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September 27, 2019
Bostock Is the Best Thing Since Sliced Bread

If you’ve got sliced bread, an oven, and some almonds, you can make something even better than French toast.

There is never a wrong answer when it comes to making a selection from the pastry case—chewy cookies the size of a small animal, buttery croissants, pillowy cakes—but there is always a right answer, and that is the criminally underrated bostock.

Bostock—pronounced “BOH-stock”—isn’t a cornerstone of most pastry cases in America, but it should be. The sweet is simple in construction and defiantly French: a piece of stale brioche is soaked in simple syrup, topped off with a layer of frangipane, or almond cream, and finished with a flourish of sliced almonds, baked around 350 degrees, and often dusted with powdered sugar. The top and edges become crispy and caramelized, while the inside remains soft and rich. There is no bad bite.

“They are the fried rice of the pastry world.”

Because of its clever use of stale bread, bostock is often compared to French toast. But Zoë Kanan, the lauded chef who heads up the pastry and baking program at New York City’s Freehand Hotel, says that comparison isn’t very accurate. “French toast is custardy, eggy, and almost like bread pudding. Bostocks are not that.” Instead, she likes to describe it as an open-faced almond croissant, but “much easier to make.”

What Kanan loves most about bostock is its versatility. “They are the fried rice of the pastry world,” she says. “You need the base to be old, and you can use whatever you have in the fridge.” If you don’t have leftover brioche, any Pullman loaf or other fluffy bread will do. Kanan actually prefers to make bostock with challah or milk bread because “they are less rich.” If your bread isn’t quite stale, you can cheat a little by laying the slices out on a baking sheet for 15 minutes or so with your oven on the lowest setting.

Bostock French Toast Almond Simon and the Whale Recipe Zoe Kanan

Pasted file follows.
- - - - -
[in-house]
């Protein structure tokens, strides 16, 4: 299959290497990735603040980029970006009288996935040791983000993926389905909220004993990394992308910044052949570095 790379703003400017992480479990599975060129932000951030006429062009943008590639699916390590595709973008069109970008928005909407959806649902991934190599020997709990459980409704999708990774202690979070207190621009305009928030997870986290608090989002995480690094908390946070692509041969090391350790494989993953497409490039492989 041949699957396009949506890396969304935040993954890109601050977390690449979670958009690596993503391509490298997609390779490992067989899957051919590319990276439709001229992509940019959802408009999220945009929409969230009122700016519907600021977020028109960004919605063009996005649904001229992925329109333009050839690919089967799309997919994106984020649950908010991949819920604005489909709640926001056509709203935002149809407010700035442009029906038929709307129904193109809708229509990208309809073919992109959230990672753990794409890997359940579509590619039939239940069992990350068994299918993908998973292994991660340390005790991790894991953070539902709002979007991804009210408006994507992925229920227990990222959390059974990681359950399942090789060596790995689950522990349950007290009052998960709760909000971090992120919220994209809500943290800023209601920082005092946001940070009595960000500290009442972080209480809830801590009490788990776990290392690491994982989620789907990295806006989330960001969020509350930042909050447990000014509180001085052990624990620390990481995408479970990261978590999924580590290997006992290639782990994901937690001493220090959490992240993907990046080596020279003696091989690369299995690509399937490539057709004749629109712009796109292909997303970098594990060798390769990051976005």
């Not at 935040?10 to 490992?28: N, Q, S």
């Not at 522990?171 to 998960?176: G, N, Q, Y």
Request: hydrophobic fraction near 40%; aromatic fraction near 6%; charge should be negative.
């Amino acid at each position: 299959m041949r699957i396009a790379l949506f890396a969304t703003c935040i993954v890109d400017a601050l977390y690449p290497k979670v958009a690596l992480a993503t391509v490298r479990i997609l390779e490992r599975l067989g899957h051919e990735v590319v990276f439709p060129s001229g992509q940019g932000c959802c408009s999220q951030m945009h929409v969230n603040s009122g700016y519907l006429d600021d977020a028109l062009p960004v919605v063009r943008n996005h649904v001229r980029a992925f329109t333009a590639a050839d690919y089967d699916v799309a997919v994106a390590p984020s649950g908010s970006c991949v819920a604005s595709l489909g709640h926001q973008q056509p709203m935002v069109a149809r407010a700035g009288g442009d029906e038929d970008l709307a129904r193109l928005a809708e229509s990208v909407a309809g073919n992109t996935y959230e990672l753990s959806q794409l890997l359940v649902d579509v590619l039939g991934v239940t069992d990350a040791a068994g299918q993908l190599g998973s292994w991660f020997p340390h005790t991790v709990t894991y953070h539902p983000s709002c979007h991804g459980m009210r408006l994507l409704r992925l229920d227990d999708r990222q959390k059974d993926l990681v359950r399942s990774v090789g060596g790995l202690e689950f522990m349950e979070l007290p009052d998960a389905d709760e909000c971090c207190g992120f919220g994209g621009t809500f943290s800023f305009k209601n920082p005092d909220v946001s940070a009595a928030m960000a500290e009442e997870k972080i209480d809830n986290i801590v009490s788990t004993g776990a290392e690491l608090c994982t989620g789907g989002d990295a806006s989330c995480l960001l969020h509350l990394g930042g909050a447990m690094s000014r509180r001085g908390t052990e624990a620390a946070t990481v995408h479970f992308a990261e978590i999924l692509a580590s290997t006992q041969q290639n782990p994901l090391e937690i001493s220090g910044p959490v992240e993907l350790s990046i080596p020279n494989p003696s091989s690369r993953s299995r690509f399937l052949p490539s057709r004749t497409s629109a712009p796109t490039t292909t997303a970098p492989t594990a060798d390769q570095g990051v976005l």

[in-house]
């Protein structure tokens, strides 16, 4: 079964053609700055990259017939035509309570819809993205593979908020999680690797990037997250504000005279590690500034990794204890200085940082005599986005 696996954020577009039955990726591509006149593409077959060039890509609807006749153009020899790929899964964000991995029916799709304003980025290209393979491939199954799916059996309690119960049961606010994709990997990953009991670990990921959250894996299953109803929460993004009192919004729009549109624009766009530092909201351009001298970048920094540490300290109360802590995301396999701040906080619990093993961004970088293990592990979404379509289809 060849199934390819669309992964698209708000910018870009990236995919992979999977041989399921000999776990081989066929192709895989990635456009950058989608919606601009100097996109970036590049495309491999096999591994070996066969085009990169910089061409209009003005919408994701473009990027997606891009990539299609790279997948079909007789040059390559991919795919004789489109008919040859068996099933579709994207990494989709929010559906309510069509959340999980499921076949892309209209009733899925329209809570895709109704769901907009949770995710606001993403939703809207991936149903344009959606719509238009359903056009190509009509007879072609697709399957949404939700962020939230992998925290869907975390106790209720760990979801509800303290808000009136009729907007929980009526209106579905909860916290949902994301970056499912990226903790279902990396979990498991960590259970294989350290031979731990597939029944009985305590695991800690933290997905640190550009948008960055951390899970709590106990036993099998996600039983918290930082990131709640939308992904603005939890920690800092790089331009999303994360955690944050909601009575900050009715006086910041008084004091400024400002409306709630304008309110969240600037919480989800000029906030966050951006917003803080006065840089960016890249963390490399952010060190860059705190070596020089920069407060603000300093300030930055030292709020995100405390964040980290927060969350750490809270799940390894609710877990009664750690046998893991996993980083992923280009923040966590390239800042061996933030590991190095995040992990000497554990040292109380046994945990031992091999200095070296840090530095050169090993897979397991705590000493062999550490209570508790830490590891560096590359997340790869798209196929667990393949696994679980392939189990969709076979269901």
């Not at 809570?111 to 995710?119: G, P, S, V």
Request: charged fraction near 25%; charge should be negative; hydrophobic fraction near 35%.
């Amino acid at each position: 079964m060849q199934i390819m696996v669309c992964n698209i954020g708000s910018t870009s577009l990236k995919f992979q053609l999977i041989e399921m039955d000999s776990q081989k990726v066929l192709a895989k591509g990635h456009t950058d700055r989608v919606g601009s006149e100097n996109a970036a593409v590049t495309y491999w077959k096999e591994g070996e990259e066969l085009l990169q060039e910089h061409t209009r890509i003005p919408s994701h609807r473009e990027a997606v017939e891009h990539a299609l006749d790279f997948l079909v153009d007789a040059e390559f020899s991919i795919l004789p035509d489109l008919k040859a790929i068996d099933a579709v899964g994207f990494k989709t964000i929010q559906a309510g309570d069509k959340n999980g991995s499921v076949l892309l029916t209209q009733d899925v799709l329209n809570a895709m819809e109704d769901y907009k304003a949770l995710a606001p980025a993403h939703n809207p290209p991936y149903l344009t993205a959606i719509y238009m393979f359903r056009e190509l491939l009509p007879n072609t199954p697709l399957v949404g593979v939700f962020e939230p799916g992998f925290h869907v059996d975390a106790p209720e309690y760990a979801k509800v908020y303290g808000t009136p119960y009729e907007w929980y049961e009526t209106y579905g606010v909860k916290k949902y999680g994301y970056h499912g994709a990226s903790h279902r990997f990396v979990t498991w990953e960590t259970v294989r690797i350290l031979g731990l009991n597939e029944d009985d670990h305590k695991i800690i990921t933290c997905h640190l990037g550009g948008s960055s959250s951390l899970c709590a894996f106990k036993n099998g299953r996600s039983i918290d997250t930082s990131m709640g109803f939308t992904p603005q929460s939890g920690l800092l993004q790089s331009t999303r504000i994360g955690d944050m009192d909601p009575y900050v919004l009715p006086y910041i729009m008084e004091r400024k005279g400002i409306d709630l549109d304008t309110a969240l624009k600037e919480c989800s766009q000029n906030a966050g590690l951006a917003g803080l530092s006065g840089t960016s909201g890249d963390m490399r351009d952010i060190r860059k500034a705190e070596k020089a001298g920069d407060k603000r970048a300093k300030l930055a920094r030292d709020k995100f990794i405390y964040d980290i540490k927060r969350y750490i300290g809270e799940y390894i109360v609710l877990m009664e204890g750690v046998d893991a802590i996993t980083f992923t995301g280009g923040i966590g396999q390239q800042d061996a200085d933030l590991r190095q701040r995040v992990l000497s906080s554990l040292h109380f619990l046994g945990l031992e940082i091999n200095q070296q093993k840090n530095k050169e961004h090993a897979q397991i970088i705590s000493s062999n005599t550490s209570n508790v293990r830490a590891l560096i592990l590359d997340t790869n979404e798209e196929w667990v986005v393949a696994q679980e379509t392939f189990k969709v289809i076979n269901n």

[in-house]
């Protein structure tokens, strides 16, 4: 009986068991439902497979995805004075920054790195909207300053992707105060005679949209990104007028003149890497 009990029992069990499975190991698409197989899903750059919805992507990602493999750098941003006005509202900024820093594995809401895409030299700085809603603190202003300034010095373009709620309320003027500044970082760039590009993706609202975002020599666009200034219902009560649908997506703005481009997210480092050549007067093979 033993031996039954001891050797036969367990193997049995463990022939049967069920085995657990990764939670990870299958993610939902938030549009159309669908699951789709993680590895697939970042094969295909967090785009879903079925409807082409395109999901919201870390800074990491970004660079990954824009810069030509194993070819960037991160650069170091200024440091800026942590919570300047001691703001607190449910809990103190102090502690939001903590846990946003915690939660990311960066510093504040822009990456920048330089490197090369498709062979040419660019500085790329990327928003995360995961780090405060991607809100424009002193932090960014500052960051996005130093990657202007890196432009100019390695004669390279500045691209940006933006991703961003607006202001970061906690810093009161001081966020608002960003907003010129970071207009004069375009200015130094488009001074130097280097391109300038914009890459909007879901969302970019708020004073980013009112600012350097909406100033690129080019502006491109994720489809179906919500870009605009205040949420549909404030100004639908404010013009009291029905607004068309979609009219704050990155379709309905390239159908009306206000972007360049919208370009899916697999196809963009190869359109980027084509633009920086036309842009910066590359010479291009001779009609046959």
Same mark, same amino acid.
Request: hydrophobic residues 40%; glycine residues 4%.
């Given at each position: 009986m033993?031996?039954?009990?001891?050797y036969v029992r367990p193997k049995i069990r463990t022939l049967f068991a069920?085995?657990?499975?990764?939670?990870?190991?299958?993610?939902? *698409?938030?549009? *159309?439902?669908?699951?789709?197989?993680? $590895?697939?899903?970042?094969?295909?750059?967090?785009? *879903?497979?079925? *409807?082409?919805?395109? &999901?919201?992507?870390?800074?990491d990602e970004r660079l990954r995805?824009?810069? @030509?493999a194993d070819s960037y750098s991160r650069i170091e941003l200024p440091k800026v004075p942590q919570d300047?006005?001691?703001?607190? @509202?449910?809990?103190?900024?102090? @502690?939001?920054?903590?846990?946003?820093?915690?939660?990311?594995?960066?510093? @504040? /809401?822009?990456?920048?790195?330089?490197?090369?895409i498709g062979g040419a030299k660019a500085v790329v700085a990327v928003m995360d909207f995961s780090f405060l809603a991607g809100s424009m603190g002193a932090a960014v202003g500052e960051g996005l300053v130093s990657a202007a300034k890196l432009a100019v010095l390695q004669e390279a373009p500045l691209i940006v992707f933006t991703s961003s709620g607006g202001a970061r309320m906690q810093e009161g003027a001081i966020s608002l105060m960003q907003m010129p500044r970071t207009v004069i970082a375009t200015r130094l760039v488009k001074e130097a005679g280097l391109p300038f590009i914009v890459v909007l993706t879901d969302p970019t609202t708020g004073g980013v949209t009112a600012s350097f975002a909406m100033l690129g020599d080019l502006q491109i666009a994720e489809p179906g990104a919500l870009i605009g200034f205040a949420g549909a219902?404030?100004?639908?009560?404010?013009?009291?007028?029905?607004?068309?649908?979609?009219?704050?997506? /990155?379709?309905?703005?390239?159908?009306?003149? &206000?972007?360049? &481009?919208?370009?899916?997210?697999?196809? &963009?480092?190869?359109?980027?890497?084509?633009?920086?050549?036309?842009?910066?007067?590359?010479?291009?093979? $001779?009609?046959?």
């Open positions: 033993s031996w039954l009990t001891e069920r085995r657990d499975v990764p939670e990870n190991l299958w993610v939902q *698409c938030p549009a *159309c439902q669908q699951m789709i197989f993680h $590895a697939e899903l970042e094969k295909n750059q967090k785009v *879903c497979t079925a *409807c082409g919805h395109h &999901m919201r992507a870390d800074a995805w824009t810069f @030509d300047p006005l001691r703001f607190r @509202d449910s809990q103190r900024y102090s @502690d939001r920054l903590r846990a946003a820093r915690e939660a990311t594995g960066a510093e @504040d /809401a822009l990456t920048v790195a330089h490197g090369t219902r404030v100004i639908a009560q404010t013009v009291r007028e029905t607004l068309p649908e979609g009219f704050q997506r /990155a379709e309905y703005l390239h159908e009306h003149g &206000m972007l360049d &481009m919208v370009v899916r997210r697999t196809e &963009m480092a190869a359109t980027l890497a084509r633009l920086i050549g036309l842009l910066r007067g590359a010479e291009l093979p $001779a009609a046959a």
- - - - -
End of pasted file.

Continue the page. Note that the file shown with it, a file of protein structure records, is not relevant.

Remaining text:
Kanan then whips up a batch of frangipane—which is equal weights of sugar, eggs, butter, and almond flour—and spreads it across the bread, then tops each one with whatever bits of fruit are in the fridge. Kanan particularly loves using halved or quartered roasted stone fruit or fresh blueberries—though dried fruit could work just as well. Same with a layer of jam or a few squares of chocolate hiding beneath the almond cream. She also likes to shake things up by flavoring the simple syrup and almond cream with spices like cardamom and cinnamon.

While the name “bostock” or its even Frenchier alternative—brioche aux amandes—might sound intimidating, Kanan insists that it’s as easy to pull off at home as it is in a restaurant kitchen. “It’s pretty much foolproof,” she says. “I feel like you could even do this in a toaster oven.” All the easier if you have a sliced loaf of store-bought bread sitting on your counter. And though it’s similar in flavor to an almond croissant, it’s much easier, cheaper, and less labor-intensive to make. All you need is to whip up a pastry bag of almond cream, grab a slice of stale bread, and heat up a semi-functioning oven.

If bostock is so easy to love and easy to make, it begs the question, why isn’t it everywhere? Kanan theorizes that people don’t often think to bake it because it’s something you make to use up leftovers. It’s also not a pastry taught at culinary school, even though it should be, says Kanan. But you can usually find it in any pastry case worth its salt. Or, well, sugar.

RECIPE: Cinnamon-Apricot Bostock

Khushbu Shah

Khushbu Shah is a food writer who spends way too much money on fancy dairy products.